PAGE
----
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National Scholarship News Story


The Mentor

By Gregg Sangillo

Physics professor Teresa Larkin working with one of her students during office hours.

Physics professor Teresa Larkin working with one of her students during office hours.

Teresa Larkin has created a cozy, kitchen table atmosphere in her office. There’s candy, coffee, and plenty of kitsch. “My goal is to make students feel comfortable in this environment, and then they’ll be comfortable to learn physics,” she says. Larkin, an associate professor of physics education, is a dedicated teacher and mentor to American University students. In recognition for her service, Larkin won the Milton and Sonia Greenberg Scholarship of Teaching and Learning Award in January. It was given at the Ann Ferren Conference on Teaching, Research, and Learning, which celebrated its 25th anniversary this year. In an edited interview with university communications, Larkin talks about the award, her career, and inspiring young women to pursue science, technology, engineering, and mathematics (STEM) fields.  

UC: Can you tell us about the award you received?

Larkin: “The award recognizes the intersection between the scholarship of teaching, and the scholarship of research on teaching. And it’s focused on student learning. I’ve done a considerable amount of work with writing in the classroom, which is a bit unusual given the fact that I teach physics. I have a course that I created called ‘Physics for a New Millennium,’ and what I want to do is help make the students more productive citizens when they graduate. Employers are looking for written and oral communication skills. The students go through the entire process of writing a research paper for a publication at a conference. They submit an abstract and they write a first draft, which I critically review. Then they do a second draft and learn how to do a peer review. The culmination is that they write a paper and present it at a conference. And I actually write letters to all their parents and invite them. The students have to dress up. We have name tags, we have refreshments. And it gets into the scholarship of teaching and learning because we’re talking about alternative assessment methods.”

UC: Have you tried to get more women interested in the STEM fields?

Larkin: “Absolutely. And my background is both in physics education and engineering. I started out in engineering physics, so I’m really a hybrid. When I was an undergraduate student I thought I was going to be a high-paid engineer working for Boeing or Lockheed, but I didn’t because of the path that I was on, which is very much related to gender issues. The path that I walked to get to this point is very common among females.”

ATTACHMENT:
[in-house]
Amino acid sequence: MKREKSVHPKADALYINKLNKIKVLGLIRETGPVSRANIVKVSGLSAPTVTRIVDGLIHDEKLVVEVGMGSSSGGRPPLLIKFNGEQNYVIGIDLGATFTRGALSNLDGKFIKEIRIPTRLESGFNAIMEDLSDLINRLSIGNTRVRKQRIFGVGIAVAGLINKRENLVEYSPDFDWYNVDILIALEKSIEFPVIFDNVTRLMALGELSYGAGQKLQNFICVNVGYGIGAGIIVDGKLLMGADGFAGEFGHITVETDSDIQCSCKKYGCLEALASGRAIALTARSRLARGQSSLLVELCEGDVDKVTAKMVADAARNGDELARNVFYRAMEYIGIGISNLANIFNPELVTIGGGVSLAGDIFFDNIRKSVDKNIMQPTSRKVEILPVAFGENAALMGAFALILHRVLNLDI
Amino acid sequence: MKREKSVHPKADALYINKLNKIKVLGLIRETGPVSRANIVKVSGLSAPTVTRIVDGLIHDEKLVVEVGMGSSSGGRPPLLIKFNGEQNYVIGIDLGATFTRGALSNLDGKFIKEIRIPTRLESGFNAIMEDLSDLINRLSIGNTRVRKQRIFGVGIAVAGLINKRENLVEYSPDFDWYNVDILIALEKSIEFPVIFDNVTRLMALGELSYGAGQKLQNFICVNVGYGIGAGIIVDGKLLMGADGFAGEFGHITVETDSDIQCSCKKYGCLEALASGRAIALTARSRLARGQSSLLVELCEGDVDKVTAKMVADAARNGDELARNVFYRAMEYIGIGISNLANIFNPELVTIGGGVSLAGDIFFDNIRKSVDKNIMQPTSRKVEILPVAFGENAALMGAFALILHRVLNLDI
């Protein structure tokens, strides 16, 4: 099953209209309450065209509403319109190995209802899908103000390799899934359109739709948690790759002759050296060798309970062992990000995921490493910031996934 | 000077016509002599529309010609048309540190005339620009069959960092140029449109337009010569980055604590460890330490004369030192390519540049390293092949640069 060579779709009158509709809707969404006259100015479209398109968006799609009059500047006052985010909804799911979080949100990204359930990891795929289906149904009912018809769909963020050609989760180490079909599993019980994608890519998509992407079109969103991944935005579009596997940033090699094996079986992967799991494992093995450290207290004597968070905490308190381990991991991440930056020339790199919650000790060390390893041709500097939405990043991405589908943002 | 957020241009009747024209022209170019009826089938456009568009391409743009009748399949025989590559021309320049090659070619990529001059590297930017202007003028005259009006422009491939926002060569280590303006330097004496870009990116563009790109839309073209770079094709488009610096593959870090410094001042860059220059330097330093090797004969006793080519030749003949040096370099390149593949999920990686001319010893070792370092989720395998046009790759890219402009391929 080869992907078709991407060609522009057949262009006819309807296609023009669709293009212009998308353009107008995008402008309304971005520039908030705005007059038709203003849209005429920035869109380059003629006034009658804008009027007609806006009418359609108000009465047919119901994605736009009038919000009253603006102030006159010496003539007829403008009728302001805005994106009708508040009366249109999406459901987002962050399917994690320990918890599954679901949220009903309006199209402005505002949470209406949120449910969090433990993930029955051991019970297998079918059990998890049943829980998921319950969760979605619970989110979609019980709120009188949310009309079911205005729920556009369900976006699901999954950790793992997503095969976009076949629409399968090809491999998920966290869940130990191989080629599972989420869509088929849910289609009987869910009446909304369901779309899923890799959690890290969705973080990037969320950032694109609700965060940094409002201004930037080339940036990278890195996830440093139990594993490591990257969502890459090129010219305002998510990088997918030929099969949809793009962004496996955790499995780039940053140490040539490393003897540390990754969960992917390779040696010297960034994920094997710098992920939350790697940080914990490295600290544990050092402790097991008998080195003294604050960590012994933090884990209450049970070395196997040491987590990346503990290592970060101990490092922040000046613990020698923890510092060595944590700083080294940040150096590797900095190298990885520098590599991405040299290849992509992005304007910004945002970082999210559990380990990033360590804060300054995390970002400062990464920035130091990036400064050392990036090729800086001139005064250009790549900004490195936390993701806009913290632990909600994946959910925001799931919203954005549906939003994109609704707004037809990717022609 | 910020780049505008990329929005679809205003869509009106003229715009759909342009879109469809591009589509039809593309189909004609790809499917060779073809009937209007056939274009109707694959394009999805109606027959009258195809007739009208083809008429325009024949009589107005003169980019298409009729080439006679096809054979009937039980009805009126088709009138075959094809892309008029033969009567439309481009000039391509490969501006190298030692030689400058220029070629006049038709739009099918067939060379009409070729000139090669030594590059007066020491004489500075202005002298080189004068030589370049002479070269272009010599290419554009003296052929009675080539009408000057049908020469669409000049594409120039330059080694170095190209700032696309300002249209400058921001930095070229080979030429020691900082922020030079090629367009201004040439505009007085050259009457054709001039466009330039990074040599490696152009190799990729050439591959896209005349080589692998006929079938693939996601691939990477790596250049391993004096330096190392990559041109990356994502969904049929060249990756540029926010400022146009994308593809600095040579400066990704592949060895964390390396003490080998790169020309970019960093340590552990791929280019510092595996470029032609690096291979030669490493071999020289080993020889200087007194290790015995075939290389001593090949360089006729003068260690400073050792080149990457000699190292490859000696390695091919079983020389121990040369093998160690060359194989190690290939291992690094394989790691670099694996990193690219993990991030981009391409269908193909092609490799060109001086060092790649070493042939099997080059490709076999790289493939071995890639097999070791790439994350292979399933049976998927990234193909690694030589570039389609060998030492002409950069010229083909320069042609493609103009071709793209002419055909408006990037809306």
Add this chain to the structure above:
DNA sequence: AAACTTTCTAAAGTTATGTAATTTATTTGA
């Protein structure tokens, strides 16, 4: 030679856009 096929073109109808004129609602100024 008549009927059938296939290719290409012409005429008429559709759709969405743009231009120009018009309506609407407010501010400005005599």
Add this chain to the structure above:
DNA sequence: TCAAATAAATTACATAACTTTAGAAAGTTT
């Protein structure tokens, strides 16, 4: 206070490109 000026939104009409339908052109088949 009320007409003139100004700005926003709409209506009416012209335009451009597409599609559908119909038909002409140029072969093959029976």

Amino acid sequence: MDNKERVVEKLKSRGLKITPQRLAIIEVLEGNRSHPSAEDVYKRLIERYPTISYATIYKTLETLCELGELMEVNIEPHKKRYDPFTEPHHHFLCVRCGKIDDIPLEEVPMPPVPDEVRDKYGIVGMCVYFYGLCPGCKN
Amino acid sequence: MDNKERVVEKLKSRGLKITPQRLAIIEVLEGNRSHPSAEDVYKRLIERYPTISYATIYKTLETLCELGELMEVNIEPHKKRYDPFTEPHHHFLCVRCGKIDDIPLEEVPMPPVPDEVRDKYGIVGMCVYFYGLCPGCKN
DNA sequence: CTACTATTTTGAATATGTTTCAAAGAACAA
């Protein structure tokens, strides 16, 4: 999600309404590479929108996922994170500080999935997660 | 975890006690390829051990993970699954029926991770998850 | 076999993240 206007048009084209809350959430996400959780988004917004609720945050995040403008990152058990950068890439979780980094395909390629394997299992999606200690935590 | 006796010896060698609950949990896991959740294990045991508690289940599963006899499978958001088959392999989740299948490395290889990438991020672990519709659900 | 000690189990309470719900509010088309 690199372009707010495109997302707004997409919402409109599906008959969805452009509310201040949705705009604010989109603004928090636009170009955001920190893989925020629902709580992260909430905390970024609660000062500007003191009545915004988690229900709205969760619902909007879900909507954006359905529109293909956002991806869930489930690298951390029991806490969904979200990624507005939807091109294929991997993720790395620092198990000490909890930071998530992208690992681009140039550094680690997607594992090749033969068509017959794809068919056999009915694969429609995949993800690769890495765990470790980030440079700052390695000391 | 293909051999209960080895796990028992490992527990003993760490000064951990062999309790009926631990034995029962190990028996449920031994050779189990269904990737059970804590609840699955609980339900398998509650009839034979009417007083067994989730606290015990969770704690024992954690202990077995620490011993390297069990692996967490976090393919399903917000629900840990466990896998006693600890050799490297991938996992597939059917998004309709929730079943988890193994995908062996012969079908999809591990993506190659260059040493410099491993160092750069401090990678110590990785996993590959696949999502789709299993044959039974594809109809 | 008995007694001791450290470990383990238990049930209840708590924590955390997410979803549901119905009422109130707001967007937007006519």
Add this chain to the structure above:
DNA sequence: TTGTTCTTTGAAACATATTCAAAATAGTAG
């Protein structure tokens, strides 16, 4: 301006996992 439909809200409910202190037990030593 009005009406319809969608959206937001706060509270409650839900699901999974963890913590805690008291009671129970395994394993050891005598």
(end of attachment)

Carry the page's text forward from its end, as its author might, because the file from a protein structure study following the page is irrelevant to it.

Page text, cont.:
UC: In what way? What was your experience?

Larkin: “Well, I started teaching college before I finished my master’s. They asked me to start teaching before I finished, but then I got married. And so with family, you make sacrifices. Instead of going on to work on a Ph.D., I took a non-tenure-track position and held that for more than 11 years. And after eight years, I went back and worked on my doctorate. And by that time, I had been working with the non-majors. So my Ph.D. is actually in curriculum instruction with a focus in physics education. So I’ve been working with the non-majors because that’s the position that needed filling when I started. And I fell in love with those students.”

UC: What are the biggest impediments for women who want to go into the sciences?

Larkin: “If we look at just mentorship, there’s not so many of us. And I think one of the things that we need to do better is educate everyone on what the situation is. Whether you look at physics numbers, or whether you look at engineering, or just STEM in general, there’s been just a plateau and it stayed there for years and years and years and years. In terms of the number of women getting degrees in engineering, it’s hovering around 18 percent, and in physics it’s not much different than that. One of my students, Tori Vogel, co-authored a study with me on the gender gap in physics and other STEM-related fields. She asked some questions on perceptions. There seems to be a difference in female perceptions of people who choose not to go into STEM versus the people that do STEM. For example, when I was a young person in high school, I was absolutely not steered toward a career in STEM. And all women in my generation dealt with the same thing. We should be an office worker or a nurse or a teacher or something else. So there’s something that drives us to pursue this profession that’s still male-dominated. But a lot of us stop somewhere along the line and make those sacrifices for family and other things. You stop the tenure clock if you’re going to have a baby, but then, your male colleagues are still doing research while your tenure clock has stopped. But at American, we’re not typical in terms of our number of women science students. It’s much higher than average. And so what I’ve tried to model over the years is that it’s okay to be a girlie girl and still like science. My colleague Jessica Uscinski and I co-advise the Women in Science Student Organization. We’re in our fourth year now, and we’re trying to increase campus awareness for STEM.”

UC: As a female physics professor, do you still face obstacles?

Larkin: “I feel pretty comfortable now. I love what I do. I love teaching. I love working with the non-majors, and this department happens to be one of the most amazing departments on campus. The students will tell you that. It’s a happy place. And I respect my male colleagues, my female colleagues, and it’s a mutual respect. And I think that in that sort of environment, anybody can thrive. I wouldn’t have it any other way.”